American Apparel’s Next BIG Thing

In 2011, American Apparel proved to anyone who was still in any doubt that just hiring plus-sized models isn’t feminism. Just a year after telling the world plus sizes were not their demographic, the brand put out a call for women “who need a little extra wiggle room” to model their new XL range (read: size 10 to 12).

People were not cool with the idea of American Apparel starting to sexualize plus-size women under the guise of edgy feminism in their pornographic ads.

Cue even more controversy when the woman who received the most votes on their website, Nancy Upton, wasn’t even announced as the winner. Upton, who entered into the contest as a joke with photos of her eating a whole chicken and a bio that read “I just can’t stop eating” was denied the job.

According to American Apparel, they decided to “award the prizes to other contestants that we feel truly exemplify the idea of beauty inside and out,” and who they “would be proud to have representing [their] company.” Ouch.

Ivanka Trump and whatever it is she’s doing

Ivanka was never going to have it easy with a father like hers, sure. But her new feminist icon makeover is wearing thin. With a Twitter bio that professes her to be an “advocate for the education & empowerment of women & girls” and a book called Women Who Work that practically screams about how lucky women are to have the choice of working, I’m sure she thinks she is full of feminist credentials. I mean just look at her go:

You’d think then she would at least give the contracted workers who design and make the items in her clothing range paid maternity leave so that they can be, you know, women who work?

Elle India and Let her be

The Let Her Be campaign by Elle India earned a big old must try harder sticker when it’s probably well-intentioned feminist advertising campaign sparked a backlash for being classist.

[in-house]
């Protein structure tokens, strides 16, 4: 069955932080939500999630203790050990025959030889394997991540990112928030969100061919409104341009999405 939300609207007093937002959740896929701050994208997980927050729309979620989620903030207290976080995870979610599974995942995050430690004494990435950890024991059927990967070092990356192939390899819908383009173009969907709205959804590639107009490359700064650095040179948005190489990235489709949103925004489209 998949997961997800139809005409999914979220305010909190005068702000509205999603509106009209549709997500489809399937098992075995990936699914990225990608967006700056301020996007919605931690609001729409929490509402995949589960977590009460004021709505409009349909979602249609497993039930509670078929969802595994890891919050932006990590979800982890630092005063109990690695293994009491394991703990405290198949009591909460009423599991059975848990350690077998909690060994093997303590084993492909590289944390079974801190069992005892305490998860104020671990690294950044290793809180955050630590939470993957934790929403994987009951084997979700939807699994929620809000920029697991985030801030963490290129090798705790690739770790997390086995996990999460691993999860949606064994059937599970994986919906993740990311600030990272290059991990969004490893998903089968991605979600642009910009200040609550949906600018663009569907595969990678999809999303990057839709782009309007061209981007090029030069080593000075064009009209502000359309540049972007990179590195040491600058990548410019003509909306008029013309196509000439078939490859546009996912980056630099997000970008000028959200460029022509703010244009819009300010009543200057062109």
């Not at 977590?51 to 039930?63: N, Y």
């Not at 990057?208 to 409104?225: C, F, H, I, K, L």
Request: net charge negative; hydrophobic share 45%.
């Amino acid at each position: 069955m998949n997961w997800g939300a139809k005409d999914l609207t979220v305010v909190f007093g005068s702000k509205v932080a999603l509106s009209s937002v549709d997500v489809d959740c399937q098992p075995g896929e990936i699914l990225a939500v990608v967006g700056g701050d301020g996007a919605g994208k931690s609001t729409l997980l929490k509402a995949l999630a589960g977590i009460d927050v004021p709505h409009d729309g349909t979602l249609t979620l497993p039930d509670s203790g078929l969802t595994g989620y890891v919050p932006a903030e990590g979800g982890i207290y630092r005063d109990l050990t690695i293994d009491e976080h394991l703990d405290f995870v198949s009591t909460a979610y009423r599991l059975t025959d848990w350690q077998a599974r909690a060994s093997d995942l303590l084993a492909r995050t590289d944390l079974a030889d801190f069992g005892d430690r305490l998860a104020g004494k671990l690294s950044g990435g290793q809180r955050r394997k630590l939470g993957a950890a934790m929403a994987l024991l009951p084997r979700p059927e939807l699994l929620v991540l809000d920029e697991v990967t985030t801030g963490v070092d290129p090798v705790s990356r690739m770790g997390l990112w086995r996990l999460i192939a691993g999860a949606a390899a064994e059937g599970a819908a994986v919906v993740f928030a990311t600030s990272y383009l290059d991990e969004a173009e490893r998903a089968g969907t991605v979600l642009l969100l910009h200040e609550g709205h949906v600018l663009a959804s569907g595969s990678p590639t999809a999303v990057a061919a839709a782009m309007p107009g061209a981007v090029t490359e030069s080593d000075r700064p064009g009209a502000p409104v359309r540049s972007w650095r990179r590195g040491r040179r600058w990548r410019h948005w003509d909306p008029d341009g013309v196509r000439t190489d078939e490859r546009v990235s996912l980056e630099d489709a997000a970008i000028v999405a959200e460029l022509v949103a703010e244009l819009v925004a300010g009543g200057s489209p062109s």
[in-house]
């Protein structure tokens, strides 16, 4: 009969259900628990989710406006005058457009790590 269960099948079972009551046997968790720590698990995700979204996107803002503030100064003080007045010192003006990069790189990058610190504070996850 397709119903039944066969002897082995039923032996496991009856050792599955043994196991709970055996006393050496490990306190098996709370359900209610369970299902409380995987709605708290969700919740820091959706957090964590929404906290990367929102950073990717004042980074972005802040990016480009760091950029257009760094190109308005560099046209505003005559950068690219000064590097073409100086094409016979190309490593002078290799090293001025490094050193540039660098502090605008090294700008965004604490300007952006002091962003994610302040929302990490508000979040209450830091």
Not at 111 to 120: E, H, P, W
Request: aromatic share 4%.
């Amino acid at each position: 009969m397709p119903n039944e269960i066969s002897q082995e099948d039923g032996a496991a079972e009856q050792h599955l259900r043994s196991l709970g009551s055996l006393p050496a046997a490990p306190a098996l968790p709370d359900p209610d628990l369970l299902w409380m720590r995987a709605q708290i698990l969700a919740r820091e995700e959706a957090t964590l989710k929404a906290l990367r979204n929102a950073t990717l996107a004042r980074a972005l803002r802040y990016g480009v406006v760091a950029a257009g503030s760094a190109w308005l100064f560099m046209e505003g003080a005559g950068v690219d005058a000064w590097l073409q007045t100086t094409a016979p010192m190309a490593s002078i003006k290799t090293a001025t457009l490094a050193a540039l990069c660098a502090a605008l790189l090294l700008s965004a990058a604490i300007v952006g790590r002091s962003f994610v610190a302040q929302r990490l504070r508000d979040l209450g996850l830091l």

The advert shows middle class women pulling up their tops and pulling down their skirts to cover more skin as people like waiters and taxi drivers come into view. While it’s pretty easy to identify with, it also manages to paint pretty much all working class men as predatory in less than three minutes, accidentally exposing deep class divides.

I guess it must just be really hard to not be at least a little offensive sometimes.


Starbucks’ Race Together campaign

Not technically feminist, but still worth a look. In 2015, Starbucks launched its ‘Race Together’ campaign in a bid to open up the national dialogue on race.

The initiative, that saw baristas writing the phrase ‘Race Together’ on coffee cups, didn’t last very long.

More than anything, people just didn’t seem to think Starbs had the right to try to lead the conversation about race or that baristas were equipped to discuss matters of race over a cash register.

Dove and their weird body bottles

No list of feminist ads would be complete without a little nod to Dove. In the past, they’ve tackled some big topics to sell us body wash and they’ve done it pretty successfully. It was all going so well up until May of 2017 when Dove announced they would be selling different body-shaped bottles to customers in the UK.

People weren’t sure:

Dove weren’t quite on the money – as it turns out women don’t really need to have their bodies reflected back to them in bottle form. Apparently that’s not how you cure insecurity, who knew.